Missing and imputed values. Occasionally, respondents cannot provide information about the start and end dates of employment periods or gaps in employment. Because dates of employment are often used in subsequent questions in the jobs section, default values are substituted for these missing values so that the interview program can continue. The missing values are then reinserted in the public use data file so that researchers will know the true value. However, to follow the flow of an interview, users may need to understand what values were substituted so that the correct question path can be followed. Similarly, in the creation of the event history arrays, some missing values are imputed. Imputation rules and the effect of each on the event history arrays are as follows:

Type of missing data Imputed value in interview and event history data Effect on event history variables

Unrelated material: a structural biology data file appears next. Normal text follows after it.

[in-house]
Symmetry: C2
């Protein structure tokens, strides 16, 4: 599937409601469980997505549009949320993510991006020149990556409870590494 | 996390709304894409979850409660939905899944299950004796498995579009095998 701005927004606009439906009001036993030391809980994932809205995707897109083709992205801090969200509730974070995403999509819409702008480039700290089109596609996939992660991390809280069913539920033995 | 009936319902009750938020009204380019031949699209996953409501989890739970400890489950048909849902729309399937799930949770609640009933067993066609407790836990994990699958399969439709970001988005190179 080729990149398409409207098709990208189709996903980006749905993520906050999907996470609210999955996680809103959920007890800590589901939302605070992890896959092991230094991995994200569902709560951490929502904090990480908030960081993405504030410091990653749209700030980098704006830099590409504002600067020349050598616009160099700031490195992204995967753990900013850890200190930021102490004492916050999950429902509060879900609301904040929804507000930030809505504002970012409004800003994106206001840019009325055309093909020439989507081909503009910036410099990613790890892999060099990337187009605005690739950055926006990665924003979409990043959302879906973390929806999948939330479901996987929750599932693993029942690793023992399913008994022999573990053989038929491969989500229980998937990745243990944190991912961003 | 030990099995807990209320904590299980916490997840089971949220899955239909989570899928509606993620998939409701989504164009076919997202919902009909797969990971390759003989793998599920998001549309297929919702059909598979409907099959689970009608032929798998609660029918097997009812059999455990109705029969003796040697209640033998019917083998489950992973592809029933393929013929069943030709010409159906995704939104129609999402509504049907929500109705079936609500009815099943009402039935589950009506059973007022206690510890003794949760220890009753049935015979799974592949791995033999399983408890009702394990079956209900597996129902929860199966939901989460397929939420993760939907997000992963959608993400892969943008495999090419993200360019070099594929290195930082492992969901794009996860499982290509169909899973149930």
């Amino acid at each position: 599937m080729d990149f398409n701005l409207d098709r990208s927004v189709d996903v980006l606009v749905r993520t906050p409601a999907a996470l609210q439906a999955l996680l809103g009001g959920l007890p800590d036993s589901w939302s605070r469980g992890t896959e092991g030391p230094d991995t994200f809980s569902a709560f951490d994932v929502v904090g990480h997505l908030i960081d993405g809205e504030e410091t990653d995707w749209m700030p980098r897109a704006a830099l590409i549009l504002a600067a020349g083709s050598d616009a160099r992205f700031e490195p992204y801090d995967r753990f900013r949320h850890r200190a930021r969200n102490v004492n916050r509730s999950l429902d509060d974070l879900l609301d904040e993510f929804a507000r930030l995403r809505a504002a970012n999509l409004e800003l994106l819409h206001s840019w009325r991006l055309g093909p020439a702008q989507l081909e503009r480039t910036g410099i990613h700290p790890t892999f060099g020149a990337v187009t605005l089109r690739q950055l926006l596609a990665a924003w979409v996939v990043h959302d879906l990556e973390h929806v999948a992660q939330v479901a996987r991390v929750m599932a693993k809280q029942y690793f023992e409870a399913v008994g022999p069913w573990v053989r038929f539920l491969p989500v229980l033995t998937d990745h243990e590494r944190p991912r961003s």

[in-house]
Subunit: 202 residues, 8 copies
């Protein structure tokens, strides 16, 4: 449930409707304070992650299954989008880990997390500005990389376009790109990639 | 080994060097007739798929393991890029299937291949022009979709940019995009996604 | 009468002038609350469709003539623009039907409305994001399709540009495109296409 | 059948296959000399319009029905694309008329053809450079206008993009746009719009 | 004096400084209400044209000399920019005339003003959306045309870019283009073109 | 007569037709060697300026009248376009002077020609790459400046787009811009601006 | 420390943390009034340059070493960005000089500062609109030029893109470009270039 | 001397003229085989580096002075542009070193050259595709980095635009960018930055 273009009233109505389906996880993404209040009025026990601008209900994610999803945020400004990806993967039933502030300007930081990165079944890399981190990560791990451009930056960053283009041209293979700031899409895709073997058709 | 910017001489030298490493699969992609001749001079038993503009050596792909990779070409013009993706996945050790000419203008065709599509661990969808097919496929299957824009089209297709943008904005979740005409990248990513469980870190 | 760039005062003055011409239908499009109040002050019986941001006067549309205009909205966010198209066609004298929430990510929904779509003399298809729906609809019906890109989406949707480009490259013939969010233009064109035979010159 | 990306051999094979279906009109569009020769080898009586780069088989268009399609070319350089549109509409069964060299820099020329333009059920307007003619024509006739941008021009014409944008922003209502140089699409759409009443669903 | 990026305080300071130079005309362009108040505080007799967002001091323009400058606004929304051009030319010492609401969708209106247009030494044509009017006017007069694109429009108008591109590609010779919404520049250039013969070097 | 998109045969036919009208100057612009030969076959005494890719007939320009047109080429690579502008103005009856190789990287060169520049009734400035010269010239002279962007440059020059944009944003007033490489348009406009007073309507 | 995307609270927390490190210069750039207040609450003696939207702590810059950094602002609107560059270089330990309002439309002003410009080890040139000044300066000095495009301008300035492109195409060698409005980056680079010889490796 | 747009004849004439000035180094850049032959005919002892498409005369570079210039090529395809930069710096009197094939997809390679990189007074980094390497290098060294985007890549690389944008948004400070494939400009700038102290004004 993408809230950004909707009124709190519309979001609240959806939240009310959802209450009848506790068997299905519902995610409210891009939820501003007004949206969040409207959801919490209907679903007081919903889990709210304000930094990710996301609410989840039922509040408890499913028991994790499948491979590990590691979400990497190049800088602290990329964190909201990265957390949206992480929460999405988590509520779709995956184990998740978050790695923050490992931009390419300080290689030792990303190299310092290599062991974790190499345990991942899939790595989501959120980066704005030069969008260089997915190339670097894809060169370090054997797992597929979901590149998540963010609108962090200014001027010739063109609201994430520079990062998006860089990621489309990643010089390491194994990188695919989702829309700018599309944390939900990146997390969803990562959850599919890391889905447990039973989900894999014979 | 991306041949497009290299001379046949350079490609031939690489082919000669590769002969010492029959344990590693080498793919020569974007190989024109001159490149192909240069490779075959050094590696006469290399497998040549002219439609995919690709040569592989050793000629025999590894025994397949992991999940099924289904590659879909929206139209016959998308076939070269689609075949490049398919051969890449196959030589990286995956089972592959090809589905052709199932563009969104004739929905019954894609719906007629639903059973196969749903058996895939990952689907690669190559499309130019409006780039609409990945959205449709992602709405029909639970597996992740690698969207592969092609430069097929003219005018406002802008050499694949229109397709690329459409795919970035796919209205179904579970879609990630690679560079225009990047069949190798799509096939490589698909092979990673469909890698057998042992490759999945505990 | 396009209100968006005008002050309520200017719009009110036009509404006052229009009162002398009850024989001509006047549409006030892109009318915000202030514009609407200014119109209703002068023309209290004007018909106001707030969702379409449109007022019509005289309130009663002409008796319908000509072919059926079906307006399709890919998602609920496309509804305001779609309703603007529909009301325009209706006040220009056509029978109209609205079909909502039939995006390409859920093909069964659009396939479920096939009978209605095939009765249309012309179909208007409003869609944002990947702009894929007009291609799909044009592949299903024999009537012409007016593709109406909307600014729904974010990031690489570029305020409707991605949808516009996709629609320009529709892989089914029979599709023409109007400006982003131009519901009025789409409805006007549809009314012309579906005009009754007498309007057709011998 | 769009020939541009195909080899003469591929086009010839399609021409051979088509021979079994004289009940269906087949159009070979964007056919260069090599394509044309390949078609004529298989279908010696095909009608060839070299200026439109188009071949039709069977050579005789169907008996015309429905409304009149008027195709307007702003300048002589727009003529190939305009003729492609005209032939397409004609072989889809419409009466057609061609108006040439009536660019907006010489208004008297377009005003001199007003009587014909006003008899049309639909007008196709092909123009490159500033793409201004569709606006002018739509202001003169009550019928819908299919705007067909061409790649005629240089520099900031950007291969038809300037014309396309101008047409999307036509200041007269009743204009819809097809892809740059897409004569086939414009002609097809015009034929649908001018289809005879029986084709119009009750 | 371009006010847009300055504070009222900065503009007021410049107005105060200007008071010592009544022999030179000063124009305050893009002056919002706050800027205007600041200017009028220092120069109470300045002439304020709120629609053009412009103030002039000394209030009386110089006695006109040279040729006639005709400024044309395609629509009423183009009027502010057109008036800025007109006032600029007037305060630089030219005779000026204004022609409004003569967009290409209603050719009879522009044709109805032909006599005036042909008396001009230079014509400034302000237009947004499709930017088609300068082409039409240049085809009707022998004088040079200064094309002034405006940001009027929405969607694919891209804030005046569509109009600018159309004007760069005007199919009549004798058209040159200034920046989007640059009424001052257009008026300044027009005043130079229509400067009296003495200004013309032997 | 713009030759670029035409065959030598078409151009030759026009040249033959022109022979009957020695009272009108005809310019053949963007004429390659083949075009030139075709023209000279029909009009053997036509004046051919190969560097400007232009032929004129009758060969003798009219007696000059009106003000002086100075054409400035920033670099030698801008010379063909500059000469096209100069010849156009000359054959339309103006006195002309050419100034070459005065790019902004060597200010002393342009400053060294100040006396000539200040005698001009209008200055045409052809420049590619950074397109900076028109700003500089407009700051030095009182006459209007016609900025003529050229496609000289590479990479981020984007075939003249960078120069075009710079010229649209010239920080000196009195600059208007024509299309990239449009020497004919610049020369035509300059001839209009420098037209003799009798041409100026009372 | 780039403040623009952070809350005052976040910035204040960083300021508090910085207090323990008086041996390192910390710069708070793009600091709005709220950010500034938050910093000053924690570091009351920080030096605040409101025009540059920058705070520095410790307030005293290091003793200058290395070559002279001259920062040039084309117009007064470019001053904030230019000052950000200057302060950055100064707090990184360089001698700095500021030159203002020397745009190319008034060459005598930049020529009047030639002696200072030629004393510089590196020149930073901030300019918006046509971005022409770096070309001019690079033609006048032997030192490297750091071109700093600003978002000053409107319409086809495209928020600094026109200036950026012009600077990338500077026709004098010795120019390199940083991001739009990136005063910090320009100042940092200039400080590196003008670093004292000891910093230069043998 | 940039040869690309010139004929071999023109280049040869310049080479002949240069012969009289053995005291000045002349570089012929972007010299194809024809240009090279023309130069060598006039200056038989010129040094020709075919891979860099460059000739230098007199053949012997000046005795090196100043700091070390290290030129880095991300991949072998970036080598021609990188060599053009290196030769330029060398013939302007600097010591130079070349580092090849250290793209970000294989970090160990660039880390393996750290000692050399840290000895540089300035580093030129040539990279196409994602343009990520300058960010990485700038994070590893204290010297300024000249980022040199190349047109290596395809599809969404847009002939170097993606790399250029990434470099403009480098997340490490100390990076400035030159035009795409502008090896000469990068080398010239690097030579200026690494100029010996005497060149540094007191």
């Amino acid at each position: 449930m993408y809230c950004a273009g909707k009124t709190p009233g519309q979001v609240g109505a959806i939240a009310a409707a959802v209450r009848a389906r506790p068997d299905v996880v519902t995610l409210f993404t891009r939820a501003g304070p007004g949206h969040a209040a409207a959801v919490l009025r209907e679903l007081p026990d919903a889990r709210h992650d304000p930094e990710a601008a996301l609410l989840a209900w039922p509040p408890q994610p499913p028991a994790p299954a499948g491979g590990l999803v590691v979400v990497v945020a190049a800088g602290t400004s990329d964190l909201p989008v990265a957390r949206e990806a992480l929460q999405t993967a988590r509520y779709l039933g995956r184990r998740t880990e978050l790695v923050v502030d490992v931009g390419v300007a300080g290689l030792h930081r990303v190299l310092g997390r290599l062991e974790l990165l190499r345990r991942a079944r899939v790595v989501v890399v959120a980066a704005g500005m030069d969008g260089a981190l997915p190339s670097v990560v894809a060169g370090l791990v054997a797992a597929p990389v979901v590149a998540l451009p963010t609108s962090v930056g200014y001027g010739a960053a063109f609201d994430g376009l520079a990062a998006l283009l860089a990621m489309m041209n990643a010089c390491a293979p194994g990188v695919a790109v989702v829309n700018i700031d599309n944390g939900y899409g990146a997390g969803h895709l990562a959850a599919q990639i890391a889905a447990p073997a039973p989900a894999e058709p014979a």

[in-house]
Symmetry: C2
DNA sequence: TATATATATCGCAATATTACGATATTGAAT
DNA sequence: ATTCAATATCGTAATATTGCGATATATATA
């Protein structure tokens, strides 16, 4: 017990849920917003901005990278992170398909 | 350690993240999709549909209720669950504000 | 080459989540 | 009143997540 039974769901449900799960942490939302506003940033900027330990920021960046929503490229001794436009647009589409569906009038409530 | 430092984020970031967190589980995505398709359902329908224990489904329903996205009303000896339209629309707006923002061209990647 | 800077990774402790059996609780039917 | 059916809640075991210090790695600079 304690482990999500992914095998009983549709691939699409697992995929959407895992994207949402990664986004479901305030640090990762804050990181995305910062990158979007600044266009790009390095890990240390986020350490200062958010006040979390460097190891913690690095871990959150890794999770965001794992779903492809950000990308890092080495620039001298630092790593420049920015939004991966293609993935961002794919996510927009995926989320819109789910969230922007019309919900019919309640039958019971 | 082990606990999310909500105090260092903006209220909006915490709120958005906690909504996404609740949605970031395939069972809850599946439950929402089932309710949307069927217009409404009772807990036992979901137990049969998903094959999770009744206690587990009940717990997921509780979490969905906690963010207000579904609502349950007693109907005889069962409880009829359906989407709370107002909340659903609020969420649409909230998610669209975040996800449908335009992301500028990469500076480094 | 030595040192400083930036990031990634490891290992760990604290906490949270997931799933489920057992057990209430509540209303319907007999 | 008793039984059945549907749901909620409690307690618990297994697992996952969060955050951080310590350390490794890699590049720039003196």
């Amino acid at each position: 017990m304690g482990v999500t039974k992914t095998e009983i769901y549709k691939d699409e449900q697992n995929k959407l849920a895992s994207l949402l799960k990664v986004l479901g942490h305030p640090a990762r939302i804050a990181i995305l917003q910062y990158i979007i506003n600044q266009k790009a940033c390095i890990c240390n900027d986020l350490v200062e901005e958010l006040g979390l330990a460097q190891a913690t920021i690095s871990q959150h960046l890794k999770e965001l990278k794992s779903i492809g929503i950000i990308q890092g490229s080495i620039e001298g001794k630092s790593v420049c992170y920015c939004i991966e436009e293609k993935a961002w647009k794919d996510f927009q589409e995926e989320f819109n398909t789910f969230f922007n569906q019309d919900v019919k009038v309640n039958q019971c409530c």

Missing job start or stop day Start day = 1
Stop day = 28
If there is a valid month and year, the imputed days are used in the creation of status variables as if they were valid data. For example, a respondent with an imputed start day of "1" for employer 9701 will be listed as working for employer 9701 for the first week (and each subsequent week) of the reported month in the STATUS array.
Missing job start or stop month Start month = 1
Stop month = 12
In the STATUS array, weeks in imputed months are assigned a status of "0"--no information. Each month from the beginning of the job to the next known date or from the last known date to the end of the job is assigned a 0. For example, assume a respondent reports starting a job in an unknown month of 1997 but then reports a within-job gap starting on 6/1/97. All weeks in the months of January-May will be assigned a value of 0.
Missing job start or stop year Start year = year of last interview
Stop year = year of current interview
In the status array, weeks in imputed years are assigned a status of 0. For example, in round 2 a respondent who reported a new job with an unknown start year would be assigned an imputed value equal to the year of the round 1 interview (usually 1997). In the STATUS variables, each week from the round 1 interview date to the first known employment date (or the current interview date) would have a value of 0.
Missing gap start or stop day Start day = 1
Stop day = 28